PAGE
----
The South's defeat ended all talk of foreign intervention and gave Lincoln the political confidence to announce the 'emancipation proclamation'. The proclamation helped turn the conflict from a war to re-establish the union into a revolutionary struggle to smash the slave power. The process was so revolutionary that by 1865 some 200,000 blacks, most of them ex-slaves, were in Federal uniform. This would have been unimaginable when war began.
While McPherson paints the big picture of what Karl Marx described as a 'battle between two social systems', he also gives us a view of how the war was experienced by ordinary people. Beside the voices of military and political leaders like Lincoln, Douglass and Lee we hear ordinary soldiers and civilians. McPherson shows us how the outcome of huge struggles like the civil war depend on the political motivations and courage of flesh and blood human beings, not just blind social forces or the actions of great leaders.
For anyone who wants to understand the power of the US in the modern world and the struggles of race and class that have shaped its history, the civil war is a good place to start. And McPherson is a good author to start with.
The Curious Incident of the Dog in the Night-Time
Jonathan Cape £10.99
'The world is full of obvious things, which nobody by any chance ever observes.' So says Sherlock Holmes, fictional detective--and supreme hero of Christopher Boone, the 15 year old protagonist of Mark Haddon's extraordinary and enthralling murder-mystery novel, which recently won the Whitbread Award for best book of 2003.
This book's many remarkable qualities will be discussed at length over the coming weeks. For a start, it is making literary history by being published simultaneously as an adults' and a children's novel. Secondly, the narrator, Christopher, has Asperger's, a form of autism which means he doesn't understand facial expressions or metaphors like 'you'll catch your death'. He can't imagine things which have not happened to him, or empathise. He can't lie and has no way of intuiting others' motives, except by their behaviour. He 'can't do chatting', and the deadpan style of his delivery is deceptively robotic. This emotional dissociation and his experience of the world through mathematical logic and observation have caught critics unaware, hardened though they are to the multifarious technical devices which characterise modern fiction.
The story goes like this--Christopher likes to pretend that he is the only person alive in the universe. On one of his late night wanderings he discovers a neighbour's dog, dead on the lawn, with a garden fork stabbed through it. He then sets out to deduce who carried out the killing. He little suspects that his investigation will unscrew the lid on his own family's secrets and lead to a devastating discovery which turns his world upside down. Along the way there's a police chase, a near-fatality for the sake of a rat, some red food colouring, a lesson in the kindness of strangers--and incontrovertible proof of the non-existence of god.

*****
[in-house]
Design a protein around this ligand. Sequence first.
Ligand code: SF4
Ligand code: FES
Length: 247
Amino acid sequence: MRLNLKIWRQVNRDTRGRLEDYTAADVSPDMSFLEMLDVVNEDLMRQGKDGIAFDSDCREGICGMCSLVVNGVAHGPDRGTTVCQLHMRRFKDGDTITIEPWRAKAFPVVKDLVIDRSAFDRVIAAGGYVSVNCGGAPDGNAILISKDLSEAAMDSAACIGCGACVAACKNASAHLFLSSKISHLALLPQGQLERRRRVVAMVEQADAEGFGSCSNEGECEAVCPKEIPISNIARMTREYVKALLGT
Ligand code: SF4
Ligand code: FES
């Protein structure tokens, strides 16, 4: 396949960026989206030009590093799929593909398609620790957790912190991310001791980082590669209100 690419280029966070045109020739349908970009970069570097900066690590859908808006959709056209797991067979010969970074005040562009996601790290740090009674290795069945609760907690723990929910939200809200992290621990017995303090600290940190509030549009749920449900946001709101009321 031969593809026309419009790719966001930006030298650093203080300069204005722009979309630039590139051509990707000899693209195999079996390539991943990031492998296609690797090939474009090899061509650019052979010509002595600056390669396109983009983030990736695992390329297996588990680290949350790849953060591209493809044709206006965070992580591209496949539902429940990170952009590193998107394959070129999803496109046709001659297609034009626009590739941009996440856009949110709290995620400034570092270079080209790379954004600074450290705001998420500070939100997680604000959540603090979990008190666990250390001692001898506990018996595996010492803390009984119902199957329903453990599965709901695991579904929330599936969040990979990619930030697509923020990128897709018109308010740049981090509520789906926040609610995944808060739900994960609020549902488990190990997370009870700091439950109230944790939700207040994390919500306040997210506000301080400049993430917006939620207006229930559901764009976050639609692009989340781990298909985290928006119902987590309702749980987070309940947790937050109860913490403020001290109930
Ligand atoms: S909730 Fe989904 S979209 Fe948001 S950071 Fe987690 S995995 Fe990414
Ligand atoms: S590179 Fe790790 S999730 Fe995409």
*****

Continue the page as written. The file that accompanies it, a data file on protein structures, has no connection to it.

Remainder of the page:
Breathlessly keeping up, the reader is taught by Christopher to see the world from an alternative point of view. If, from an early age, you are unable to clue into other humans' moods, you are also detached from cultural and social norms which channel and cover up states of mind and 'explain away' difficult realities. Christopher therefore relies on fact and memory. He will not be fobbed off with bland assurances that his dead mother is 'in heaven'. He points out that adults often don't like it when children tell the truth. He notices that the vicar smells like his father smells after a few beers. He notes how the Bible says, 'Thou shalt not kill', but that Christians kill people in wars.
Aware of people's inconsistency and unspecificity, Christopher questions and tests everything around him--religion, advertising, commonly accepted 'truths' and, rejecting superstition, uses science as a basis for decision-making. Conversely, he invents his own rituals--based on colours, cars and numbers--to draw order out of chaos and to make an unsafe world feel safer. This contradiction adds a powerful dimension.
The graphic device of using mathematical problems to explain ways of thinking draws the reader into solving the narrative itself, with its conventions of suspense and characterisation, as a puzzle. Christopher's digressions into maths and existential questions amplify what is, on one level, a family drama with a whodunnit attached. They create a challenge to look at the world with more awareness of its harshness, chaos and danger, especially for those who are vulnerable. It is also a call to read stories with more attention, to test what we are told and resist lies, hypocrisy and superstition.